At first glance, it appears that the 1870 drawings illustrated the Congress Hall Hotel installation: they depict a hoistway serving five floors and a “sumptuous” car equipped with “luxurious sofas.” However, a closer inspection reveals an all-masonry hoistway enclosure (the hotel hoistway had only one masonry wall), the presence of a break line in the hoistway drawing that indicates a taller shaft, and the car sofa extends along only two sides. Thus, the drawings may have been intended to depict an ideal installation, represented by the all-masonry hoistway.

This unique set of drawings had a life beyond the appearance in Otis’ 1870 pamphlet. They accompanied an article published in the November 1870 issue of The Technologist, a magazine that described itself as “An Illustrated Journal of Engineering, Manufacturing and Building.” The article’s text was essentially a republication of the contents of Otis’ pamphlet. Whereas this article was simply titled “Improved Passenger Elevator,” when the drawings reappeared two years later in The American Builder (October 1872), they accompanied an article titled “The Modern Elevator.” Unlike its predecessor, this article was an original piece, which offered readers a broad introduction to Otis’ elevator.

The drawings appeared for a third time in 1874 in the British publication Spons’ Dictionary of Engineering. They appeared in a section titled “Lifts, Hoists, and Elevators,” which illustrated a range of elevator systems (including other Otis machines). While the accompanying text was, again, a reprint of the 1870 pamphlet, the drawings were, apparently, redrawn for this publication (Figure 5). The “new” drawings are easier to read (compare the legibility of the counterweight as seen in Figures 1 and 5), and they contain an error. A close examination reveals that the British engraver added a rope to the top-right side of the winding drum, making it appear as if both hoisting ropes passed over the safety drum (Figure 6). This mistake may indicate that the engraver did not understand the operation of Otis’ elevator; thus, he was attempting to “correct” a perceived error in the original drawing.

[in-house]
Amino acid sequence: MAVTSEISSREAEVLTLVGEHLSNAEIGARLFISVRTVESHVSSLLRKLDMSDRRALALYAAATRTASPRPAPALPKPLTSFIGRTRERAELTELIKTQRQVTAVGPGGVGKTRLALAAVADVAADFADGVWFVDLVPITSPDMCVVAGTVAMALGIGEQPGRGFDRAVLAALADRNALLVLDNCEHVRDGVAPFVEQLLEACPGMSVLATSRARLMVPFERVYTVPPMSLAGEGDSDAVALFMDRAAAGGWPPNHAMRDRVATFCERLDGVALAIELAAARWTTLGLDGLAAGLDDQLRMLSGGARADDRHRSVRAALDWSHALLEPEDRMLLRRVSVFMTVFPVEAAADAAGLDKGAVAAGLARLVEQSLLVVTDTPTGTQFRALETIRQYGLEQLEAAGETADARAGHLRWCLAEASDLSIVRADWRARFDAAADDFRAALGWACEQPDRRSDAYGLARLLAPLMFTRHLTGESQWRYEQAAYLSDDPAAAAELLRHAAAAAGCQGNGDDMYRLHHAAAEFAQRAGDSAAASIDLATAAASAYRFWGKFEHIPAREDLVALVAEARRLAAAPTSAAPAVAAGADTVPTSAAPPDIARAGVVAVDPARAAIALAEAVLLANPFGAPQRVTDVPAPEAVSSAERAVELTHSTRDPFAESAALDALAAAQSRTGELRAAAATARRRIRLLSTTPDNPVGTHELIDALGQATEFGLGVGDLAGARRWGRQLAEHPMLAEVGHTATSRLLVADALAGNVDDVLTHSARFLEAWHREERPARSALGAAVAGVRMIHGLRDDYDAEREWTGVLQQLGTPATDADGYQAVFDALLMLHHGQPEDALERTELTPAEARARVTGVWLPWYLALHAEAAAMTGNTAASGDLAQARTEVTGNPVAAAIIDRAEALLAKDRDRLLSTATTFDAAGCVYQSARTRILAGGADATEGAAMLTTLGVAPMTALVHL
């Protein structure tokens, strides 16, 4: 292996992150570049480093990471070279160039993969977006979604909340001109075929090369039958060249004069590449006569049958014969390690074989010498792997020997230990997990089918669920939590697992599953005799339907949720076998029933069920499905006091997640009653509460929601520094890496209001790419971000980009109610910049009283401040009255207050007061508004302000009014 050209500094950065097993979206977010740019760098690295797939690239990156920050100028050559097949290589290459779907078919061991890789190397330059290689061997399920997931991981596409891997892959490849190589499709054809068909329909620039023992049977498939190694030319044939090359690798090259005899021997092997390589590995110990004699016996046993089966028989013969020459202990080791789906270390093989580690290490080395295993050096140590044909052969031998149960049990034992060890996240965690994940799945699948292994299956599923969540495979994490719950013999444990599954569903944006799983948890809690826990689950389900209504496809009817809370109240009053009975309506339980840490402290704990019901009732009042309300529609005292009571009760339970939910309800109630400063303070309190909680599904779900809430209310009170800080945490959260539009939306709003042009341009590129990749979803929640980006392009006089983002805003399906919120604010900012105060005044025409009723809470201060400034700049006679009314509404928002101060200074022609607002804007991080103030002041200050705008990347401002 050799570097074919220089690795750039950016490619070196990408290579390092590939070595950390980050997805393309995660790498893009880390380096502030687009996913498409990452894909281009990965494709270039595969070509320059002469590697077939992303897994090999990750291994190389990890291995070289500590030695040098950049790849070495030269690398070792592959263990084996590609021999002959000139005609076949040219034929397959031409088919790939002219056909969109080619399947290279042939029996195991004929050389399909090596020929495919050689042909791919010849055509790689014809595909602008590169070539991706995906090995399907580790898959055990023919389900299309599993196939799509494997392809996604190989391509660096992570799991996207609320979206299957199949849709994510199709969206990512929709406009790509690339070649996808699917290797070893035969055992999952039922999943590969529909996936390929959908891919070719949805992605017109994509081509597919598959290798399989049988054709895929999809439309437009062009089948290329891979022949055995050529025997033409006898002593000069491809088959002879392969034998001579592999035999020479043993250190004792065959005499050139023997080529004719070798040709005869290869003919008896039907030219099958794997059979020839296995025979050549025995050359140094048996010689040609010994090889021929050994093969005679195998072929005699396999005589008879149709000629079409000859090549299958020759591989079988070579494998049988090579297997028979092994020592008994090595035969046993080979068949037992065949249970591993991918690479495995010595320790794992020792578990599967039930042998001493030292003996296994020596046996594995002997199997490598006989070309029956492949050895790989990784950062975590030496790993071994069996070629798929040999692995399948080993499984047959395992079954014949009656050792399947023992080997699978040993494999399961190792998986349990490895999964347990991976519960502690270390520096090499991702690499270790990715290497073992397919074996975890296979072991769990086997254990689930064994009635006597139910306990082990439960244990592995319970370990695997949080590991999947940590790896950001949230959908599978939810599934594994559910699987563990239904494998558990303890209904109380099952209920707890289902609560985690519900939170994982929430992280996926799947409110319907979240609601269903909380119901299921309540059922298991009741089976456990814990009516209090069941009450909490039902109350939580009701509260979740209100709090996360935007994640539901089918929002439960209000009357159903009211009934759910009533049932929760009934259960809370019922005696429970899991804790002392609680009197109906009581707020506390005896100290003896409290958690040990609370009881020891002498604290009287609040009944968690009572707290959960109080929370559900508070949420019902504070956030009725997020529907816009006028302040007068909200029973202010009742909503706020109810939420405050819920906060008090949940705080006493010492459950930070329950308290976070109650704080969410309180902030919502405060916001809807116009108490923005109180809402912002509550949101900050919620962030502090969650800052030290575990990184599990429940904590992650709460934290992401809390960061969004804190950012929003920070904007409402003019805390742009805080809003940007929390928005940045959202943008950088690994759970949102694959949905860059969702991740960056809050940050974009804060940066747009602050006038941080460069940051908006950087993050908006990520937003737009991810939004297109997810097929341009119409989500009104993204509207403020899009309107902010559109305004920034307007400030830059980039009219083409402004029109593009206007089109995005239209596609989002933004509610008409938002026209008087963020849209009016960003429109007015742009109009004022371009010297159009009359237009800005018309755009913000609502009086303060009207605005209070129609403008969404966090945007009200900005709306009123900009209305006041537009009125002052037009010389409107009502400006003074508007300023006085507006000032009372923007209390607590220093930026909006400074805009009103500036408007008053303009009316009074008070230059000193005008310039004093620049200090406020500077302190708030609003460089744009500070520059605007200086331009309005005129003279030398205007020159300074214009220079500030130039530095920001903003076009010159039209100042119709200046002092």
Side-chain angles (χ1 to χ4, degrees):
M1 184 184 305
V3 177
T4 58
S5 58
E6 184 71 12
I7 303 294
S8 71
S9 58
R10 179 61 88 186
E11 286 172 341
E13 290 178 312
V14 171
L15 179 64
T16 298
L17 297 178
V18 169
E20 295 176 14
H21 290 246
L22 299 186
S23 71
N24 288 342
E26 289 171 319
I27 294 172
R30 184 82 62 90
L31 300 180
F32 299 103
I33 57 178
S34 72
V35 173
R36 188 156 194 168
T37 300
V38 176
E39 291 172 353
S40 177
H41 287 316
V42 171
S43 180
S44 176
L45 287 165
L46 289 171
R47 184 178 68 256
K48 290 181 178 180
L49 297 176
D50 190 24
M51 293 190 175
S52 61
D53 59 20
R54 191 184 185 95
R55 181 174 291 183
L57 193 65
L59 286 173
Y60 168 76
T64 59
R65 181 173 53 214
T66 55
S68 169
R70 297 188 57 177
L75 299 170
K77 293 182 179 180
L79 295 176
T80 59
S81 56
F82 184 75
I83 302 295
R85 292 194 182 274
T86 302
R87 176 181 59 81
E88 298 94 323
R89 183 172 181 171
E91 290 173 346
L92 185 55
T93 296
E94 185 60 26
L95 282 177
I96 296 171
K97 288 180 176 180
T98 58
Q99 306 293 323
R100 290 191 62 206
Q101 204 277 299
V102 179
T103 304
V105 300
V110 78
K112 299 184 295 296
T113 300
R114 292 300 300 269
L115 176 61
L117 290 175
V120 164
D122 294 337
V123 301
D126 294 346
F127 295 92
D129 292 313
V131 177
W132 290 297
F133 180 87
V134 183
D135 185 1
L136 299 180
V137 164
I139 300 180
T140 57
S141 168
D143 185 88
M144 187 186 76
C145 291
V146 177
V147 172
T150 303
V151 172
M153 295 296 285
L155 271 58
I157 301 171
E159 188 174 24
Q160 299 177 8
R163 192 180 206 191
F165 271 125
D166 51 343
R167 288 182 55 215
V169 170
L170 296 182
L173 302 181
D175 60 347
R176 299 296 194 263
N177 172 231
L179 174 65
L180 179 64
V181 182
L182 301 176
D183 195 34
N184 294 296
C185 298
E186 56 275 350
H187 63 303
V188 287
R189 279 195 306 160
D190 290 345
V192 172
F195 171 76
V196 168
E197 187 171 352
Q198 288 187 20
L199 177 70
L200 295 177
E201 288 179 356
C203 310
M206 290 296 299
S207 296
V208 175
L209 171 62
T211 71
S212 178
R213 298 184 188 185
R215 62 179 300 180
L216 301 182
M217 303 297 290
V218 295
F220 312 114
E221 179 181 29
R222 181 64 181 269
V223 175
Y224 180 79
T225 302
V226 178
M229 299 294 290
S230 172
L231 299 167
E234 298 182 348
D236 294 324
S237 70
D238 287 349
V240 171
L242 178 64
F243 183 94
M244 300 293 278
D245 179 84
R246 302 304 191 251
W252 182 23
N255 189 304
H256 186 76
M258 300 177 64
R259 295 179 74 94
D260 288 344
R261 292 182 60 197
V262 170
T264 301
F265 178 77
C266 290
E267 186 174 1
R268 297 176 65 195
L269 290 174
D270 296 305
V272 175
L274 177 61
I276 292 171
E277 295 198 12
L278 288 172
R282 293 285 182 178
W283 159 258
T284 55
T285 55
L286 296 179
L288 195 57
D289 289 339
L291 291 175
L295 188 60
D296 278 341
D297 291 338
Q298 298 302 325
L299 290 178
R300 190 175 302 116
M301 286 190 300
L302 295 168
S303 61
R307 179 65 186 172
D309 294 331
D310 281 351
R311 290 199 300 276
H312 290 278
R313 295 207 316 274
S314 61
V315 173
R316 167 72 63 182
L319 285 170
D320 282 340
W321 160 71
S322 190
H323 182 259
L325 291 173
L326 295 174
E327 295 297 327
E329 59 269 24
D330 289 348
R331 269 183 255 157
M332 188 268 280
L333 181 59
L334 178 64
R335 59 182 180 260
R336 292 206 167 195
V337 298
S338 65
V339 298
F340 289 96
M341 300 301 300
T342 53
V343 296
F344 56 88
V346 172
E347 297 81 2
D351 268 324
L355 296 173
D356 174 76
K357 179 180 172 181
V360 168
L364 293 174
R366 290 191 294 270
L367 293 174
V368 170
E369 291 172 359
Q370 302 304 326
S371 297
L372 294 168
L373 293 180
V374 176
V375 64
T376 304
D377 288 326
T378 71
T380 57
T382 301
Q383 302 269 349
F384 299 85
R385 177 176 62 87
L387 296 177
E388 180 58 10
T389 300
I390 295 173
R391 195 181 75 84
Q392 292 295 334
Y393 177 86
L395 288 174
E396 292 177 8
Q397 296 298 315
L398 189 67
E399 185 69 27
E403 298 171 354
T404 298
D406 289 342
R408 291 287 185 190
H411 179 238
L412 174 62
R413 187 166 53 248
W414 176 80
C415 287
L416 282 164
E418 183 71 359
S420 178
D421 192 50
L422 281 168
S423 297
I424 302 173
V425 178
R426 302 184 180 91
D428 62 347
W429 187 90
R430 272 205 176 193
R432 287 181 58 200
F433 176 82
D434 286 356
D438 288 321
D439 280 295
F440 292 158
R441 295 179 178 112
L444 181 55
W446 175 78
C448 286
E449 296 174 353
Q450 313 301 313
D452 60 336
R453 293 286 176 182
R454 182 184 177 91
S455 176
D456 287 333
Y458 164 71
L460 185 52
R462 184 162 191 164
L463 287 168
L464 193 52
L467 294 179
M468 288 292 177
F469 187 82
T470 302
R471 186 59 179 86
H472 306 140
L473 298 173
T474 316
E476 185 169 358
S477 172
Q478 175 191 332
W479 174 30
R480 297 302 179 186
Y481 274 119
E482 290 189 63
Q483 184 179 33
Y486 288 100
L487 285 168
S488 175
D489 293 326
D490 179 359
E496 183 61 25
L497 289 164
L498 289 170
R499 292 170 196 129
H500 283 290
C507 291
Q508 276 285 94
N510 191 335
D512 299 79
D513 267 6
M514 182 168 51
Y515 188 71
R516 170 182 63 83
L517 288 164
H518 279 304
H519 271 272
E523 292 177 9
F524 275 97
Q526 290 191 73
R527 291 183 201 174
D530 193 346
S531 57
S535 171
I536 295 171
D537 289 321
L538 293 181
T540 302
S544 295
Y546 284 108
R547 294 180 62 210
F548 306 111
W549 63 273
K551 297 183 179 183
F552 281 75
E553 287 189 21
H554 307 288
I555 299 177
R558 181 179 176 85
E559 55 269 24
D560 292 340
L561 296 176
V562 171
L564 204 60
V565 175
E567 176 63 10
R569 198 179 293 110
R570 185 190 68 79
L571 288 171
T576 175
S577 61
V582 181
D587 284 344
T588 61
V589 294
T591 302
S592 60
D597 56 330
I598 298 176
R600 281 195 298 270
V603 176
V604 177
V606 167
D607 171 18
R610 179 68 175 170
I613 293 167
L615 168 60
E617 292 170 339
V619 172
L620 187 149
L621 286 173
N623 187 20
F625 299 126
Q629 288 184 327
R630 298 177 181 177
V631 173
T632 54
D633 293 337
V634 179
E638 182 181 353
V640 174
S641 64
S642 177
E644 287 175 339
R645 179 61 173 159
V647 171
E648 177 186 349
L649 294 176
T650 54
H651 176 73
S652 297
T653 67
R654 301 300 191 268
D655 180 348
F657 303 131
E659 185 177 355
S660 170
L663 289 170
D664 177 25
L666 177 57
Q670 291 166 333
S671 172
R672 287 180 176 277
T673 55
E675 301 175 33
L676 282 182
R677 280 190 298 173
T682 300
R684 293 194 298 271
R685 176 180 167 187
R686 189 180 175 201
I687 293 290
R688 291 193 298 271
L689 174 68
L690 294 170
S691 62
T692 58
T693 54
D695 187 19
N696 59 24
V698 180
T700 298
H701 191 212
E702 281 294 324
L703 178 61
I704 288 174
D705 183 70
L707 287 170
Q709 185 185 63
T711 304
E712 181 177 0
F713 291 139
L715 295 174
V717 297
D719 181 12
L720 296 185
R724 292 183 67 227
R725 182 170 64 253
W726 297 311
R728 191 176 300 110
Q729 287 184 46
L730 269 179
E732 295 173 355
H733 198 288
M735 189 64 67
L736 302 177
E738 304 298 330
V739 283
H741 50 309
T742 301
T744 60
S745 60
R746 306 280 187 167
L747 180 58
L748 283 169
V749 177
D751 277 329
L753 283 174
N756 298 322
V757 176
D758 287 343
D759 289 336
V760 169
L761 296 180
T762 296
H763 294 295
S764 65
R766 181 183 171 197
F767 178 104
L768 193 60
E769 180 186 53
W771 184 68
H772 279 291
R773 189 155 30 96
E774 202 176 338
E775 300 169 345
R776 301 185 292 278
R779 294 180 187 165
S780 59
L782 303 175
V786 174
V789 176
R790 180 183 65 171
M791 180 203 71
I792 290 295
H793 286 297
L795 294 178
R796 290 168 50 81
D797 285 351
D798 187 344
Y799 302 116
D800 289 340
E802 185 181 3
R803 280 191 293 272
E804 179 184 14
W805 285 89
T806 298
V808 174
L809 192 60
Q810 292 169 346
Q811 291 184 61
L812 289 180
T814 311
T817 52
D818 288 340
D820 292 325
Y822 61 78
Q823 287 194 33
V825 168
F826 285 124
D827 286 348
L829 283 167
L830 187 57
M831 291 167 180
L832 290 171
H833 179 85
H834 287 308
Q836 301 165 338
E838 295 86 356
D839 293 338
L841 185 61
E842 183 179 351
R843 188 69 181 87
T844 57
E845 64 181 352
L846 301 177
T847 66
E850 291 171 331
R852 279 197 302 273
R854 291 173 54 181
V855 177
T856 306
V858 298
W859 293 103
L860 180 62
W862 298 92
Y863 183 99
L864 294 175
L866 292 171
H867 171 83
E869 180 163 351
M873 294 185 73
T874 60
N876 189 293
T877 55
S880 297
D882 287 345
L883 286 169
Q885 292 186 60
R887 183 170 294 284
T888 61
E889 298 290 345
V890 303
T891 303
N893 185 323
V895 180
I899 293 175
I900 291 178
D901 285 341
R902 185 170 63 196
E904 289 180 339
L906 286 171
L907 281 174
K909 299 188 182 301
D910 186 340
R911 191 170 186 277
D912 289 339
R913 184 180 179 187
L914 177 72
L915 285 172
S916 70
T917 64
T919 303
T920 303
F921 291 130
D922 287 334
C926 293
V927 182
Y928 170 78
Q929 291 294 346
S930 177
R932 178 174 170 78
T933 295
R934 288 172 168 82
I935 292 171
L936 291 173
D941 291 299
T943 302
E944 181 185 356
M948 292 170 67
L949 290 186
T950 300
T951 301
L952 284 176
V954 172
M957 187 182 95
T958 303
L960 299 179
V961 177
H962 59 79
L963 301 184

Although it is impossible to calculate the impact of these drawings’ publication in the U.S. and Europe (and more instances of their republication may be awaiting discovery), it may be safe to assume that their relatively complete presentation of a modern passenger elevator played an important role in introducing and selling this technology to the world at large.

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Dr. Lee Gray, professor of Architectural History and senior associate dean of the College of Arts + Architecture at the University of North Carolina at Charlotte, has written more than 200 monthly articles on the history of vertical transportation (VT) for ELEVATOR WORLD since 2003. He is also the author of From Ascending Rooms to Express Elevators: A History of the Passenger Elevator in the 19th Century. He also serves as curator of theelevatormuseum.org, created by Elevator World, Inc.